Chilver, J (2007) 'Dwelling and narcissism: displacement of shadows.' Art Papers, 31 (1). pp. 36-42. ISSN 1524-9581
This was a feature article for the Atlanta, Georgia-based journal Art Papers. The article addressed an aspect of contemporary art practice neglected by critical commentary, and it brought together a number of artworks whose interlinkages had been overlooked. The article considers the rise of the projected shadow in art of the 1990s and 2000s. Tracing the deployment of shadows (both real and depicted) in works by Rist, Noble and Webster, McKenzie, Alÿs, Valldosera, Kessler, Kelly and others, the argument is developed that an increasing fascination with the projected shadow in art co-incides with a proliferation of shadowless spaces in architecture, roughly equivalent to the spaces described by the anthropologist Marc Augé as 'non-places' (such as airport departure lounges, shopping malls, supermarkets). The text argues that the advantage of the cast shadow is to construct a manifestly peformative and manifestly contingent icon that acknowledges architectural conditions of display. The text contends that in its excessive response to the shadowless non-place, the shadow icon of recent art must be read in its relation to narcissism.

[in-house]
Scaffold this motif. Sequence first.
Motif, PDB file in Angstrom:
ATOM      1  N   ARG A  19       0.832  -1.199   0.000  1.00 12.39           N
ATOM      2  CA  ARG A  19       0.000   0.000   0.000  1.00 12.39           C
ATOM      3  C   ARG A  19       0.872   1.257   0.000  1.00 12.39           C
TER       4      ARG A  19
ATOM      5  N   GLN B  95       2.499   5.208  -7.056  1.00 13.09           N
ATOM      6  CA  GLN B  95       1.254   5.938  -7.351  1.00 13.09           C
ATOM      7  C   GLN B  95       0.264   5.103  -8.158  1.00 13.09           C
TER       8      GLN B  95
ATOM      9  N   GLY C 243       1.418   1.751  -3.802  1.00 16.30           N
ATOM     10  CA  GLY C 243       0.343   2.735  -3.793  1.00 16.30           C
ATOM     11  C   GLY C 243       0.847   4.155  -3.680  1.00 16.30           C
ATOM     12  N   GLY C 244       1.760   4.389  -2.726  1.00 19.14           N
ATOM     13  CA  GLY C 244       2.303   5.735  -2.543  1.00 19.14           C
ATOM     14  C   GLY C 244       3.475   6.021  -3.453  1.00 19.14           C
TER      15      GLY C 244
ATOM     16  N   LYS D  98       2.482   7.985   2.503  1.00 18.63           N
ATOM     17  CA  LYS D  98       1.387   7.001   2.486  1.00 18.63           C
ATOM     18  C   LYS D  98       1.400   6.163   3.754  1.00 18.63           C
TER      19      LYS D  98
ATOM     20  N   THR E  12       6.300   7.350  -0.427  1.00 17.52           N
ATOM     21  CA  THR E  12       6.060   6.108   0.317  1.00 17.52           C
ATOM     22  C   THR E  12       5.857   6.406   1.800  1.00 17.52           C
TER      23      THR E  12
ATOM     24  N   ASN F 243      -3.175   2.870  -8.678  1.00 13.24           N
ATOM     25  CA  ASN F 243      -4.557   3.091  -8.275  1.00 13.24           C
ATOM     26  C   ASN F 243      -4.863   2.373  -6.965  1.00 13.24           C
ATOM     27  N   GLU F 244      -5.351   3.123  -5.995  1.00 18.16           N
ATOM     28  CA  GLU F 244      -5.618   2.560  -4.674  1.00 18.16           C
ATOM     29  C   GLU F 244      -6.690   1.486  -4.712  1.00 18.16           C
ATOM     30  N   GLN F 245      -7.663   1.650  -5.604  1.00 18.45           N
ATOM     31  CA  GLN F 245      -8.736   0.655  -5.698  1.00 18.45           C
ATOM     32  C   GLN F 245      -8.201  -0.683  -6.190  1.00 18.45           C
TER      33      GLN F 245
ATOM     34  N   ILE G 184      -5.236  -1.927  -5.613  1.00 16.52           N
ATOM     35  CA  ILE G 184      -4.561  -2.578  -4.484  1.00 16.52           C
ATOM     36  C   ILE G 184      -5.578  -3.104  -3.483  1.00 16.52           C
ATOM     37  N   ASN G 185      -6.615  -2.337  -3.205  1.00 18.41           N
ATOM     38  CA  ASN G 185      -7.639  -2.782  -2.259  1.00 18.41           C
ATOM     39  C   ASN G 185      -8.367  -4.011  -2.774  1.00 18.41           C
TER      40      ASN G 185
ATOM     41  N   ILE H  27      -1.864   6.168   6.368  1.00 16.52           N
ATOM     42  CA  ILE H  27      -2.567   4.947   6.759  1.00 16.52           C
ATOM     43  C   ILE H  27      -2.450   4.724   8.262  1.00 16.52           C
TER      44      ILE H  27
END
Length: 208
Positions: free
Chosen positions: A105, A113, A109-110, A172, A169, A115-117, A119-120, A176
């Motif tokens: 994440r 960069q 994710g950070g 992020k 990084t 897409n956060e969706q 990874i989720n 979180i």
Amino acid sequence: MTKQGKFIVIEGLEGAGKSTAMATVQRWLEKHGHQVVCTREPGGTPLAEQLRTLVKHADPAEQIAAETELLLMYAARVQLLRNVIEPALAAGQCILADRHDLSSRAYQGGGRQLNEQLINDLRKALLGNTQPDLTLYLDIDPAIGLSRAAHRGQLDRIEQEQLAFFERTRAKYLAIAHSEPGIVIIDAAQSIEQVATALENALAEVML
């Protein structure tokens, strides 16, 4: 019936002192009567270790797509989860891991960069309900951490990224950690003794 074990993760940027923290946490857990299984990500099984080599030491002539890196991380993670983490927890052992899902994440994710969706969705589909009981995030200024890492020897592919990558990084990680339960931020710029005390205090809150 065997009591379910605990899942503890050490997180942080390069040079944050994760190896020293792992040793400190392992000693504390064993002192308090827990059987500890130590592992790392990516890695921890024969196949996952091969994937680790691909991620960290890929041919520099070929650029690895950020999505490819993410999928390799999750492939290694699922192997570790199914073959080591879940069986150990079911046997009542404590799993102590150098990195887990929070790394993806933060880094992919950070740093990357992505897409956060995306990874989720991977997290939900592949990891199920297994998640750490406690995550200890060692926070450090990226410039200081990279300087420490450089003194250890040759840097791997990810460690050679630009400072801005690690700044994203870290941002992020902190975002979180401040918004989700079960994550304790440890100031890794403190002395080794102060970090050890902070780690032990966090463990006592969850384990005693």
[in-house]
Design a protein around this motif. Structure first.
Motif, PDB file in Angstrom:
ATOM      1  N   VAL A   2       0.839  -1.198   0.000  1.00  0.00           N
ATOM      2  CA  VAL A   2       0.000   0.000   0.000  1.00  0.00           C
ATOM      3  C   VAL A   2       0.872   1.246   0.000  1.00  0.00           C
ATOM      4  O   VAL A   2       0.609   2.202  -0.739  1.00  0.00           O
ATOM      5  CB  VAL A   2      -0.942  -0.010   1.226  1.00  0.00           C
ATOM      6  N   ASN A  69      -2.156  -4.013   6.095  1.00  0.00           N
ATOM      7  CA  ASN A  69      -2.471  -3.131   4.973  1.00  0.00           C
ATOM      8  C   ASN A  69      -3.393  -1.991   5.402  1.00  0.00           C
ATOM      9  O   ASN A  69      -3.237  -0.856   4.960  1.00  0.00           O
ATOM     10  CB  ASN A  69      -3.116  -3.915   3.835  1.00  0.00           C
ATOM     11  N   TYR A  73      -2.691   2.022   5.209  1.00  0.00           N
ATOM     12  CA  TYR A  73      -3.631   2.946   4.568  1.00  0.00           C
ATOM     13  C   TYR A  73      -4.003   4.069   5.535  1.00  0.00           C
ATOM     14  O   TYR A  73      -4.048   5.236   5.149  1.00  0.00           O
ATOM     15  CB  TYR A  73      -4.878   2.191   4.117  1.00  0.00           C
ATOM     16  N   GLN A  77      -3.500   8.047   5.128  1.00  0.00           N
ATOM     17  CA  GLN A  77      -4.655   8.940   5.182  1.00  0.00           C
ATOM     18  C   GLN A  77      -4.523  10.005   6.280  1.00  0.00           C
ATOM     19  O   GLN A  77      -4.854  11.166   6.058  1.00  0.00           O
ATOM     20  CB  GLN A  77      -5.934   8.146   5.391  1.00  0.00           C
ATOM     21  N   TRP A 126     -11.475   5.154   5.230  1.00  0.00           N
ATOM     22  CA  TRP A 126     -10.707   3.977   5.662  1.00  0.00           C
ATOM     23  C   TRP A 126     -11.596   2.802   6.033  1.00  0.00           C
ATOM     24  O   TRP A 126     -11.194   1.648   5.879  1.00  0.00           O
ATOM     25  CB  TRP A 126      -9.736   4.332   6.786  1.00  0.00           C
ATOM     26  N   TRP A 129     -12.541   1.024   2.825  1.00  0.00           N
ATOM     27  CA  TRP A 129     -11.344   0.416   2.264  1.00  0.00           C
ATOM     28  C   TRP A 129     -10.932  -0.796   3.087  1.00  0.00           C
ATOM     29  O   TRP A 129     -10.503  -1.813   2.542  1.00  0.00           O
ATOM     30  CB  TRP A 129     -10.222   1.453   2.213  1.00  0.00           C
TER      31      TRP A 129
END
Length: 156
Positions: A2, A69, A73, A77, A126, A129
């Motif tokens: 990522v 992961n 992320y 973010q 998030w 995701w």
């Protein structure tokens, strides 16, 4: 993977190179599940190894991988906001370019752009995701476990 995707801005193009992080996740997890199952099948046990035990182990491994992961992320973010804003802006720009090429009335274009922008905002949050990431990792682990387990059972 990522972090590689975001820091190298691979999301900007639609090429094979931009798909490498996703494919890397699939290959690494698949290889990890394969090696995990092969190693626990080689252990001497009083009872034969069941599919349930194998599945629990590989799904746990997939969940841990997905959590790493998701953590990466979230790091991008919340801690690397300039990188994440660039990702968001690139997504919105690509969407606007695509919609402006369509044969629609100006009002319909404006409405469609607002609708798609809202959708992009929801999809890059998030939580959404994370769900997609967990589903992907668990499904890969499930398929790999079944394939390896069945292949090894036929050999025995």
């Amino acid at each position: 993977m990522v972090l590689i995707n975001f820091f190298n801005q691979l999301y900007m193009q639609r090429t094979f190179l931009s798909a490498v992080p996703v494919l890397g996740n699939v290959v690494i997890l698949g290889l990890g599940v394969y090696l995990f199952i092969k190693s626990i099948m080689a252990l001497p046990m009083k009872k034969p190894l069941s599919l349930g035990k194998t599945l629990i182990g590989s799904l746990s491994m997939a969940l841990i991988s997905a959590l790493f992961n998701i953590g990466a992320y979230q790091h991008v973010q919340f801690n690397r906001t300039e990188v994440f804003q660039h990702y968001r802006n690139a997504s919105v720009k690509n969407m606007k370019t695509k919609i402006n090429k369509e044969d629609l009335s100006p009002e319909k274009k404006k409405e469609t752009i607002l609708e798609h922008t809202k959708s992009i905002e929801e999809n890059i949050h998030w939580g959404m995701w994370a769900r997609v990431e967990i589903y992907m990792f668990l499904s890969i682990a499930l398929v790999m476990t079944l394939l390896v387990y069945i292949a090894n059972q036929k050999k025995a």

|Divisions:||Bath School of Art and Design|
|Date Deposited:||18 Nov 2012 04:45|
|Last Modified:||06 Sep 2014 22:03|
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